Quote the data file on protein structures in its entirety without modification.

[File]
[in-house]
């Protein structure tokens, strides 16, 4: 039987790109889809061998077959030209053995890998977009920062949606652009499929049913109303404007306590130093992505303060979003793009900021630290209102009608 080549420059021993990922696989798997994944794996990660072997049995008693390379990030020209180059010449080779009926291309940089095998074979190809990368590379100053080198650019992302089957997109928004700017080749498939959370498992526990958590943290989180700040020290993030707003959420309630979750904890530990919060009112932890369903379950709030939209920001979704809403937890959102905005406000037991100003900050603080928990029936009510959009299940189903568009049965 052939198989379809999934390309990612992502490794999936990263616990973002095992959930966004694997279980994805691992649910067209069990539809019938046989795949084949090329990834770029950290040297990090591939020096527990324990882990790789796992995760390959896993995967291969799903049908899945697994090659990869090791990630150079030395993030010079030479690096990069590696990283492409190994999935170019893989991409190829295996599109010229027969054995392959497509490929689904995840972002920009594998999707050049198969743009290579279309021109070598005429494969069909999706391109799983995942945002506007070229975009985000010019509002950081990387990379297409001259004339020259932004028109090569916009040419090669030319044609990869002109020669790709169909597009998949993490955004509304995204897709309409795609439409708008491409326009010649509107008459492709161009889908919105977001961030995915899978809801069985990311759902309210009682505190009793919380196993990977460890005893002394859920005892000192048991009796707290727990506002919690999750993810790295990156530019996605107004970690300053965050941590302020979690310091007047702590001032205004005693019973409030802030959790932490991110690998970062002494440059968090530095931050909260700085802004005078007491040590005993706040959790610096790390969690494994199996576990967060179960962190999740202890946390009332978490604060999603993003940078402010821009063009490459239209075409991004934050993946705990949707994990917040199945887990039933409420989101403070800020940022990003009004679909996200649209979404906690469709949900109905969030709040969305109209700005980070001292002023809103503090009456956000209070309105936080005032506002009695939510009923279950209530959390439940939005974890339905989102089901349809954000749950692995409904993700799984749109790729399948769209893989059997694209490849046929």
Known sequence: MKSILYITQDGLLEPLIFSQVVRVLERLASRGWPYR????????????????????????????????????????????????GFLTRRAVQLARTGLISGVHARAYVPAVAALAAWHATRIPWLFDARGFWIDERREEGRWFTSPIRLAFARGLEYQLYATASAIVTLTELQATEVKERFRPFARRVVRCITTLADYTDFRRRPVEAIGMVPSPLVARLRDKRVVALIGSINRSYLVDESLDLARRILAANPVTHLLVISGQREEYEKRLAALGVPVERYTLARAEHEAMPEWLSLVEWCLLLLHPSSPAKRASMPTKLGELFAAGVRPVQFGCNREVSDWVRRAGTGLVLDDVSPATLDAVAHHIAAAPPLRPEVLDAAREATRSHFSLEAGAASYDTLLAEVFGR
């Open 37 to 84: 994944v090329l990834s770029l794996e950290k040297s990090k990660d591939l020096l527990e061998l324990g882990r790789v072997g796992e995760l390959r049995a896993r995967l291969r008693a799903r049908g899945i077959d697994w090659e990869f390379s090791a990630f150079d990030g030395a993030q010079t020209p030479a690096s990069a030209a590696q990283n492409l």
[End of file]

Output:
[in-house]
């Protein structure tokens, strides 16, 4: 039987790109889809061998077959030209053995890998977009920062949606652009499929049913109303404007306590130093992505303060979003793009900021630290209102009608 080549420059021993990922696989798997994944794996990660072997049995008693390379990030020209180059010449080779009926291309940089095998074979190809990368590379100053080198650019992302089957997109928004700017080749498939959370498992526990958590943290989180700040020290993030707003959420309630979750904890530990919060009112932890369903379950709030939209920001979704809403937890959102905005406000037991100003900050603080928990029936009510959009299940189903568009049965 052939198989379809999934390309990612992502490794999936990263616990973002095992959930966004694997279980994805691992649910067209069990539809019938046989795949084949090329990834770029950290040297990090591939020096527990324990882990790789796992995760390959896993995967291969799903049908899945697994090659990869090791990630150079030395993030010079030479690096990069590696990283492409190994999935170019893989991409190829295996599109010229027969054995392959497509490929689904995840972002920009594998999707050049198969743009290579279309021109070598005429494969069909999706391109799983995942945002506007070229975009985000010019509002950081990387990379297409001259004339020259932004028109090569916009040419090669030319044609990869002109020669790709169909597009998949993490955004509304995204897709309409795609439409708008491409326009010649509107008459492709161009889908919105977001961030995915899978809801069985990311759902309210009682505190009793919380196993990977460890005893002394859920005892000192048991009796707290727990506002919690999750993810790295990156530019996605107004970690300053965050941590302020979690310091007047702590001032205004005693019973409030802030959790932490991110690998970062002494440059968090530095931050909260700085802004005078007491040590005993706040959790610096790390969690494994199996576990967060179960962190999740202890946390009332978490604060999603993003940078402010821009063009490459239209075409991004934050993946705990949707994990917040199945887990039933409420989101403070800020940022990003009004679909996200649209979404906690469709949900109905969030709040969305109209700005980070001292002023809103503090009456956000209070309105936080005032506002009695939510009923279950209530959390439940939005974890339905989102089901349809954000749950692995409904993700799984749109790729399948769209893989059997694209490849046929």
Known sequence: MKSILYITQDGLLEPLIFSQVVRVLERLASRGWPYR????????????????????????????????????????????????GFLTRRAVQLARTGLISGVHARAYVPAVAALAAWHATRIPWLFDARGFWIDERREEGRWFTSPIRLAFARGLEYQLYATASAIVTLTELQATEVKERFRPFARRVVRCITTLADYTDFRRRPVEAIGMVPSPLVARLRDKRVVALIGSINRSYLVDESLDLARRILAANPVTHLLVISGQREEYEKRLAALGVPVERYTLARAEHEAMPEWLSLVEWCLLLLHPSSPAKRASMPTKLGELFAAGVRPVQFGCNREVSDWVRRAGTGLVLDDVSPATLDAVAHHIAAAPPLRPEVLDAAREATRSHFSLEAGAASYDTLLAEVFGR
């Open 37 to 84: 994944v090329l990834s770029l794996e950290k040297s990090k990660d591939l020096l527990e061998l324990g882990r790789v072997g796992e995760l390959r049995a896993r995967l291969r008693a799903r049908g899945i077959d697994w090659e990869f390379s090791a990630f150079d990030g030395a993030q010079t020209p030479a690096s990069a030209a590696q990283n492409l």